I also think it's a mistake to not max out all available tax-advantaged (401k, IRA,...) space. There are ways around the age 59-1/2 rule so that you can get your money penalty free. There are several exceptions to the rule relating to medical expenses, buying a "first" home and others. You can also take Substantially Equal Periodic Payments ( to access the money penalty free. The benefits of tax-advantaged accounts are just too great to pass up.

You should also make a Roth contribution for you and your wife every year ($11k for 2014). If your income is too high, make a contribution to a traditional IRA and then convert it to a Roth. Look up backdoor Roth IRA for more info. Roth contributions can be withdrawn anytime with no penalty or tax due (it's already been taxed). You should also max out your 401k and any other tax-advantaged accounts and use the left over funds to supplement the reduction in take home pay, if needed. If you don't need to supplement, then open up an after-tax brokerage account and invest in a portfolio of diversified, low cost mutual funds/ETFs that match your risk tolerance.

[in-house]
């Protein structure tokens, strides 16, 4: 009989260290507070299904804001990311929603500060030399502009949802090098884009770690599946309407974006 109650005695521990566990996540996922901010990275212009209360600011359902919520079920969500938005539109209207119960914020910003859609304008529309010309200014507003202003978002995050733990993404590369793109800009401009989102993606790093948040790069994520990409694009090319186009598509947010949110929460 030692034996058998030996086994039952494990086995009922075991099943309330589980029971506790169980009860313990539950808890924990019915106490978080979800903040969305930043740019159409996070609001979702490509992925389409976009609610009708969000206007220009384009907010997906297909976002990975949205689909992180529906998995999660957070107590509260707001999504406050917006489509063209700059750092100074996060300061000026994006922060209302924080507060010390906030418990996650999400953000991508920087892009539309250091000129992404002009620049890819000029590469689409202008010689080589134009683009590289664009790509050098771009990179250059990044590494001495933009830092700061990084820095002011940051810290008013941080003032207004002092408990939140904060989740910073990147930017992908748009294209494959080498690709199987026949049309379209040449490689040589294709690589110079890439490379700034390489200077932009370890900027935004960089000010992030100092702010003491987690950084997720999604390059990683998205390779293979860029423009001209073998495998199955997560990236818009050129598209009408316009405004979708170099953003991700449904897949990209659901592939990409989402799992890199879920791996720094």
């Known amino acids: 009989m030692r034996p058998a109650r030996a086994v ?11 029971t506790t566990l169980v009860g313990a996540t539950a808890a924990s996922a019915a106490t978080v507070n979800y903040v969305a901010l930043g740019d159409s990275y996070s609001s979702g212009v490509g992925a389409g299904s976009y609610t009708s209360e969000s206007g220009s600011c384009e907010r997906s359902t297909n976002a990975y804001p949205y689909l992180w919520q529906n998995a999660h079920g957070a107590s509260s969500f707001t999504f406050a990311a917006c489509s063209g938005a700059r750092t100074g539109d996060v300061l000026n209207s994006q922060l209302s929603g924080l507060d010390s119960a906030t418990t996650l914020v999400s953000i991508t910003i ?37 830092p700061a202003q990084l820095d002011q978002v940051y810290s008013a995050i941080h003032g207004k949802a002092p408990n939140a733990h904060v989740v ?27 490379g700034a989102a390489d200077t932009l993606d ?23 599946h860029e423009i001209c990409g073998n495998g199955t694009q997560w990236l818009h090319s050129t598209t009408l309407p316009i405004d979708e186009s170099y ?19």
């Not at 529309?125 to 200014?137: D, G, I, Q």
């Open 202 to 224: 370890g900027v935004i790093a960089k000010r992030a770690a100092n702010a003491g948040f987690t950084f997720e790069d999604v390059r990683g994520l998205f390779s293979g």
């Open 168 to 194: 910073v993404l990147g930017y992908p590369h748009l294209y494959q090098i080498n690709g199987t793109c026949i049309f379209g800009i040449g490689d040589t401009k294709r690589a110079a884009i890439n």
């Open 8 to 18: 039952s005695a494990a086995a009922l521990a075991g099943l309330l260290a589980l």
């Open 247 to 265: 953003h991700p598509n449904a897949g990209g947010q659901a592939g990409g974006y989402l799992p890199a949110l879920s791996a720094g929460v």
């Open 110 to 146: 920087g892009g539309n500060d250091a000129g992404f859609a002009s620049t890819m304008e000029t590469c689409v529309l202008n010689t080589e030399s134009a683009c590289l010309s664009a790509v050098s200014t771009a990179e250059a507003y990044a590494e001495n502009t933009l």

Ultimately it all comes down to cash flow. Higher assets mean nothing if there is corresponding debt and debt servicing to go along with it.

So pay OFF the mortgage and elimate the risk and the payment. That means dump the full $80K into the mortgage, then race to pay off the other $10K.

THEN, once the house loan is paid off, save up 20K and do the renovations with cash flow, instead of backwards financing them as you are doing now.

By eliminating the payment, you increase cash flow that can be directed to savings You also reduce the monthly amount needed to "retire" on while increasing the amount going to saving to fulfill it.

Just pay off the home and cash flow the renos

I am with @Adam G. Planning to retire at 45 is a very lofty goal and requires a tremendous amount of savings. If you aren't sure what to do with 60k that means you don't have much saved so far or this money would follow the plan that money.